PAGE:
MARTIN: Yeah, the deal with the Greeks is that you can get married before you become a priest but not after. A lot of guys go get the degree and everything and before they get ordained they go out and try to find a wife. My dad met my mom when they were really young, it all worked out. He was a really funny person. I was an altar boy until I went to college you know when my dad was the priest, so I was on the altar and I could see his podium thing from behind and there were no notes, like no typewritten speech or notes, just the back of an envelope with like two words on it. He'd be talking for twenty minutes. I don't know anything about The Bible, he was not one of those guys like "And Jesus said" [this], he liked Bill Cosby. He [my dad] was very anecdotal, very personal. And as a kid it's funny to try to remember what your lens is on people. I remember my parents having people over and my dad would say stuff and he was really funny, he was so [funny] with the people. So I guess to fast-forward to the future, that's how I found my way into stand-up. When I was in college it was like almost recreating that kind of stuff like my dad. In college I had a meal plan, I don't know if you guys had a meal plan, but you know you have to eat there a certain number of days a week, so I would go to dinner and just hang out the whole time. I would go early and just go from table to table hanging out with my friends and just joking around. So around then I started thinking wow, people are laughing at what I'm doing. So then it takes a while to figure out if you can do bits, on demand, when you do stand-up you only have four minutes and it's like "Ok here's this guy," and then you're on. So [to answer the question] I guess it was in college.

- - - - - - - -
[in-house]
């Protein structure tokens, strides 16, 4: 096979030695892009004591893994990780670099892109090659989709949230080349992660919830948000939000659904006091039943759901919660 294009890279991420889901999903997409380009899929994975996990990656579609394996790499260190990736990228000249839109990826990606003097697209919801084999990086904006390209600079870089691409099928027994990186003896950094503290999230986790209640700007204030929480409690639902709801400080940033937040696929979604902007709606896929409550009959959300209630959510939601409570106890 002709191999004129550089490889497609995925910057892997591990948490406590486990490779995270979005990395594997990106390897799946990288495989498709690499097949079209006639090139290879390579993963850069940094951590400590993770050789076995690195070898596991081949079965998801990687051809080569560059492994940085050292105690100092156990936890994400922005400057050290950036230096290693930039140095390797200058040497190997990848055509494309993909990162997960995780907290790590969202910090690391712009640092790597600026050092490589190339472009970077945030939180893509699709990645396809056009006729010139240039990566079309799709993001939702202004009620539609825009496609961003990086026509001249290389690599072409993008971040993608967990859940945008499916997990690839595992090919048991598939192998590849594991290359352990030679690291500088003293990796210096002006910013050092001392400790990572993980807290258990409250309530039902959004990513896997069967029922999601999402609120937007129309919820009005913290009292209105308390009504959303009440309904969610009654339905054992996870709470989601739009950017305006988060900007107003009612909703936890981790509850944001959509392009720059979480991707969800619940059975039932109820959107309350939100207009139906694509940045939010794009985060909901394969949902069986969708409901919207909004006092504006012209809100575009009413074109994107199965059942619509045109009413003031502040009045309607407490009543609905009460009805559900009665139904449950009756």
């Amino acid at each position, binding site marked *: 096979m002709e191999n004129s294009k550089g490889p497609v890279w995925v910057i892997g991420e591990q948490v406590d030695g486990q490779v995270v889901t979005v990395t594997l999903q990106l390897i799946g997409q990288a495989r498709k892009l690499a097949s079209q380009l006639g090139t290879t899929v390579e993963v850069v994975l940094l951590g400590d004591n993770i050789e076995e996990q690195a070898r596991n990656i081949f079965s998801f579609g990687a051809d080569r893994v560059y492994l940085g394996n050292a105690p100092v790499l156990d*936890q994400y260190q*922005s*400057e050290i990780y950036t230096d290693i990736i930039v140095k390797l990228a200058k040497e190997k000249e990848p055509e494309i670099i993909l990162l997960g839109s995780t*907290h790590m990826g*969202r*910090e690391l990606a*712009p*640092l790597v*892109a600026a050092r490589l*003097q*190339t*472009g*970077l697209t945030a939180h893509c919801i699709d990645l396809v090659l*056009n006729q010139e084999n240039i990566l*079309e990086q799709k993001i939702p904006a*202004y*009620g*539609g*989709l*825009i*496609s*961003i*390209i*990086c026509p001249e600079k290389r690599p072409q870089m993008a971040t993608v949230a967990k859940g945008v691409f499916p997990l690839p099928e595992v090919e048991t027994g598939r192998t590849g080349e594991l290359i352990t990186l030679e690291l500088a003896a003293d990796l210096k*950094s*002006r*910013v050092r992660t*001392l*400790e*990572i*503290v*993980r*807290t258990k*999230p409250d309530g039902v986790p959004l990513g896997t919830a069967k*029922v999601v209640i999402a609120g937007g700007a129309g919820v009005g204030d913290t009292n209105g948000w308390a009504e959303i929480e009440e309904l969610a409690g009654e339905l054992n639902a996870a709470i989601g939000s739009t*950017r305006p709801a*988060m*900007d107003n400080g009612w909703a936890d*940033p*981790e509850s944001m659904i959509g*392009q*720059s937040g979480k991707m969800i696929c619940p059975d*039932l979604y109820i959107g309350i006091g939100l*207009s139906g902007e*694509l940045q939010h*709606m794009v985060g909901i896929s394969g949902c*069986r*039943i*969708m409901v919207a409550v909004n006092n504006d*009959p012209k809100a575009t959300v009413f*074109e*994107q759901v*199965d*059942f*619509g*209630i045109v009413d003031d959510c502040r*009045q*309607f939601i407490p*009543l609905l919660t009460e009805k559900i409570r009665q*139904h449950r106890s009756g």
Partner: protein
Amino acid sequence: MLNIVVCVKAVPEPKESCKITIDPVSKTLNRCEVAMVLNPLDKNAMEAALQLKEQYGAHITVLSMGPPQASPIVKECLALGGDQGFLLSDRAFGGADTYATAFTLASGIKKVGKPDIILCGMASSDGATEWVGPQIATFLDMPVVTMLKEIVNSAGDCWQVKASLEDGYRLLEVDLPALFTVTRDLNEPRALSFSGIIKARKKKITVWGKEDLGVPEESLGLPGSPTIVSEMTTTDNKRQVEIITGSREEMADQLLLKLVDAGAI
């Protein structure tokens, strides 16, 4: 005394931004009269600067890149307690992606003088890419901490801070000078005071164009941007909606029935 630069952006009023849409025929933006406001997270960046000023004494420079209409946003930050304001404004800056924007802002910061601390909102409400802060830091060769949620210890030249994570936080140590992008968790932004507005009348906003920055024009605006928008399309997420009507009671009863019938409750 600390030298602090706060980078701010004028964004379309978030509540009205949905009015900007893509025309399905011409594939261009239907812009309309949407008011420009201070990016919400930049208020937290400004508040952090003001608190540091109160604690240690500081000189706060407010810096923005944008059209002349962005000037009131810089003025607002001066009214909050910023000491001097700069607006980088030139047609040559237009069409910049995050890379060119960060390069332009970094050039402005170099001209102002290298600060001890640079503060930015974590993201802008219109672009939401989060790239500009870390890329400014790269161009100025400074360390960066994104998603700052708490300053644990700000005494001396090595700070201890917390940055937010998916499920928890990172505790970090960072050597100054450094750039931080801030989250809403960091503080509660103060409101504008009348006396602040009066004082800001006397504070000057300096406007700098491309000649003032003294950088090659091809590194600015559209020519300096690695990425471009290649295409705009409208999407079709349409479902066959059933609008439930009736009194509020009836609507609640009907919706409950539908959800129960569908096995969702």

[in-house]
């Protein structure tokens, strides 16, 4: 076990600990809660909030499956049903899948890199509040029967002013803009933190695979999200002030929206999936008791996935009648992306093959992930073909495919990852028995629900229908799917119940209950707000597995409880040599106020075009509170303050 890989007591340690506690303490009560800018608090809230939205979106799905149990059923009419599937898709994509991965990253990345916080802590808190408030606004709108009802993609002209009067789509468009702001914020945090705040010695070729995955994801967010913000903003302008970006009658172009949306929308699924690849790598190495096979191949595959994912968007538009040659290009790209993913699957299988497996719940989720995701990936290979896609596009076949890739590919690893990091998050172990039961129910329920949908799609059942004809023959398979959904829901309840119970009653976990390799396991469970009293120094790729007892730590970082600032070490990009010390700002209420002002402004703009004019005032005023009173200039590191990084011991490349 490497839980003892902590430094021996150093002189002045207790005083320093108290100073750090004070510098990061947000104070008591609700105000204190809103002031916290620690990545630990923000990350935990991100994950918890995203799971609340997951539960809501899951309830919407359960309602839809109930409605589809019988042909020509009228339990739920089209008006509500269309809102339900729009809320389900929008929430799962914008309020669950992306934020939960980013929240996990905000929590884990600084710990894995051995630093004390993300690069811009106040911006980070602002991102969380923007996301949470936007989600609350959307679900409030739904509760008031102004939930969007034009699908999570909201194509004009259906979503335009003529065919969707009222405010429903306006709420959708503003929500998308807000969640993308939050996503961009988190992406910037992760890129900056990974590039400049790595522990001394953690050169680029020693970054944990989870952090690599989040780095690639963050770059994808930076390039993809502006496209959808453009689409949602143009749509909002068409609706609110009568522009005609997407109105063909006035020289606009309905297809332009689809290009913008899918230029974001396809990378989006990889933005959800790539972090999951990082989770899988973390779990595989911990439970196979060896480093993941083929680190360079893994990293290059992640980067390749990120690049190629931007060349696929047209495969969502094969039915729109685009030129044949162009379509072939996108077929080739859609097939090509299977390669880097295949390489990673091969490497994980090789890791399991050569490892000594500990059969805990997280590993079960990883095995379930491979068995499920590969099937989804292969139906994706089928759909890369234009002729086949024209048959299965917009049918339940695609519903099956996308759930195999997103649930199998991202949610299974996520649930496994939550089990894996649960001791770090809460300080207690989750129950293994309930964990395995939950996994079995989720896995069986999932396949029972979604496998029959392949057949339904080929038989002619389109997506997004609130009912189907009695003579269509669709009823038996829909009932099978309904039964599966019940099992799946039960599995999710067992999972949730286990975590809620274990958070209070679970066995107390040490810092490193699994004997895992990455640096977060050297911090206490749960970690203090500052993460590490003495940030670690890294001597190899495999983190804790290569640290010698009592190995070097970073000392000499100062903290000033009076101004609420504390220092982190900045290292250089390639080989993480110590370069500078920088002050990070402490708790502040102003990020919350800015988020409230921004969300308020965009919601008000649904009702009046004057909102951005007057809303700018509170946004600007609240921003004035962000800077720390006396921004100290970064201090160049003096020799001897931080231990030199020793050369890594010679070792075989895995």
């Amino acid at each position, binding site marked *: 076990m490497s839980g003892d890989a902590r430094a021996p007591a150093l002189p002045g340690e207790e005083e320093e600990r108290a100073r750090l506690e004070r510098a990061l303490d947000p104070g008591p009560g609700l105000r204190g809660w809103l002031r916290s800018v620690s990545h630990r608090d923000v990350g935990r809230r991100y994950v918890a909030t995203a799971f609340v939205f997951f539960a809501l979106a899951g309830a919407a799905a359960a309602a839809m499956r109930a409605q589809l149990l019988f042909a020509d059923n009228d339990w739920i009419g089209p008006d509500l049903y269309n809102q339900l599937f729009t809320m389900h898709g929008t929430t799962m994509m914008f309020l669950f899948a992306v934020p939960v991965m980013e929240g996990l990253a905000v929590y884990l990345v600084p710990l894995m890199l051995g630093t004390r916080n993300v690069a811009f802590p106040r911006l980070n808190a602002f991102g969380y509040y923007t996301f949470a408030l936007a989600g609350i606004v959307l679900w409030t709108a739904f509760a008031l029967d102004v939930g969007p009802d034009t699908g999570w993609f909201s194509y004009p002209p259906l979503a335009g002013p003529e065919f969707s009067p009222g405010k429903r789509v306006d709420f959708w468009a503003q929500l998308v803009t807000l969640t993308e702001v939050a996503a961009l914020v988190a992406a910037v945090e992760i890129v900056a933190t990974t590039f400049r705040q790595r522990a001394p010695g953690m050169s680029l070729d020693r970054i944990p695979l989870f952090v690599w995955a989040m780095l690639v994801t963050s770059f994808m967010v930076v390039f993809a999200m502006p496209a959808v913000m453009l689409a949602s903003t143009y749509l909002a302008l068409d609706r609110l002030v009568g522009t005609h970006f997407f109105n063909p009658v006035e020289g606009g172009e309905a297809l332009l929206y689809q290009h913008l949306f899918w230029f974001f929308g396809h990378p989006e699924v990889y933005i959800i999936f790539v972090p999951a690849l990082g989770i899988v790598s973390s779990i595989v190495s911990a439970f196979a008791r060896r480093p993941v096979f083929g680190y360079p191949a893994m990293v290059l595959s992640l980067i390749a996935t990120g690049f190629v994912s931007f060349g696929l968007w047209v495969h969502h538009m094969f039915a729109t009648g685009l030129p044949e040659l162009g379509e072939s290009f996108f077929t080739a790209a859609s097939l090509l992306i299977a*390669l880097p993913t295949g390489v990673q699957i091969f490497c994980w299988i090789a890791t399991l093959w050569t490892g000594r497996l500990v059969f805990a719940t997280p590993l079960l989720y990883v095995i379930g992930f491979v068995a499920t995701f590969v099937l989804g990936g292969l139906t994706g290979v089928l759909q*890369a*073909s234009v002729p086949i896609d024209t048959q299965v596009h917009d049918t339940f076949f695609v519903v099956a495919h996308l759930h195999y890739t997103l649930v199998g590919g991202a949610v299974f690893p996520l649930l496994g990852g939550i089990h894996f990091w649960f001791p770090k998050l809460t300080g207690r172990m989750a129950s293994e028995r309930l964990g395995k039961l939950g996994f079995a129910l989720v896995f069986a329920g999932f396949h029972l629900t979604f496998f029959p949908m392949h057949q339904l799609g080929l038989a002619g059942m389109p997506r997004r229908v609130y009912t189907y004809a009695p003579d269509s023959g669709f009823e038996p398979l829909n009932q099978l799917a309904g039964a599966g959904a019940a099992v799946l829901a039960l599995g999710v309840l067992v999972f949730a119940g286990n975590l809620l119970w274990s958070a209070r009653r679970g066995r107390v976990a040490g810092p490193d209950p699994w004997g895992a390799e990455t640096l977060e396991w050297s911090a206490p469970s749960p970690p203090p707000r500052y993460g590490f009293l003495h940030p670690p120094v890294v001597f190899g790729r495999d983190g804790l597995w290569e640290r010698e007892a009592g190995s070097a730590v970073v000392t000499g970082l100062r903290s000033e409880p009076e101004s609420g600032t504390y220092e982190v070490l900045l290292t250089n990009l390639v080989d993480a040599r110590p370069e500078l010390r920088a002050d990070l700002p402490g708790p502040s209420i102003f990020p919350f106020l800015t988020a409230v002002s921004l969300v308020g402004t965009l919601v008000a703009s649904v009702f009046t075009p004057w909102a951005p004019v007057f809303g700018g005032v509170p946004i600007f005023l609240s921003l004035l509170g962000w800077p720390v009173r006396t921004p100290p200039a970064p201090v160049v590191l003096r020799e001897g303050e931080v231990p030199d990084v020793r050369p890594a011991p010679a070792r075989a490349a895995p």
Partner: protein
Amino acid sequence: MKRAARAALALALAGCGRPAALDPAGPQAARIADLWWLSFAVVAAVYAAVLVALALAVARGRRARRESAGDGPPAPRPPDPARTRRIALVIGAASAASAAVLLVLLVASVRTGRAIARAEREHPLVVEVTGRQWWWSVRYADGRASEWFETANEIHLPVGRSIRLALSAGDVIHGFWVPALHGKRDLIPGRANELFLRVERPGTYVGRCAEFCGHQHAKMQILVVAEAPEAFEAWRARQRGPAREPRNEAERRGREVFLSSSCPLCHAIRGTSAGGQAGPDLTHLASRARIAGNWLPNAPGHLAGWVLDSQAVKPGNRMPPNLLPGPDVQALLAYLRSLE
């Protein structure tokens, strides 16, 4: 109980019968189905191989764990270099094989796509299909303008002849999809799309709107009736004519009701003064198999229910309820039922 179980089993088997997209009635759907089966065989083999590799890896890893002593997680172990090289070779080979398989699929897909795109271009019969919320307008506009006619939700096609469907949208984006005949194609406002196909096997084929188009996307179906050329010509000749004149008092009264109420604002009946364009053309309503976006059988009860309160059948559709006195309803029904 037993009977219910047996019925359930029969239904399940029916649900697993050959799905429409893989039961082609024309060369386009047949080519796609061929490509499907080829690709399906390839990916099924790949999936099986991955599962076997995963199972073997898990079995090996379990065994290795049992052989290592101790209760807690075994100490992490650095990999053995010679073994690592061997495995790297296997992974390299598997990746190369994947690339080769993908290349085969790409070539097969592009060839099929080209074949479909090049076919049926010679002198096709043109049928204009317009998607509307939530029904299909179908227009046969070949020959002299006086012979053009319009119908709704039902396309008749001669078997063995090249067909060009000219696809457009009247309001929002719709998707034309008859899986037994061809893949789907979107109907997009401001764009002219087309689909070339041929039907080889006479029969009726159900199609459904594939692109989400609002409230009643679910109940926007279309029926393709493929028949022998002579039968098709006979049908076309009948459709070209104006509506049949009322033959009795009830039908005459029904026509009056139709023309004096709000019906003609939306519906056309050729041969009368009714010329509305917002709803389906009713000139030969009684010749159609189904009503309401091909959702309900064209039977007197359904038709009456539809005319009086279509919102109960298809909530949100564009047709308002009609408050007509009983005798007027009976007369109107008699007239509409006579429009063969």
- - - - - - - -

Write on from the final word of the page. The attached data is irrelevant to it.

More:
Examiner: How hard is it go from TV to film? I mean is it a huge transition?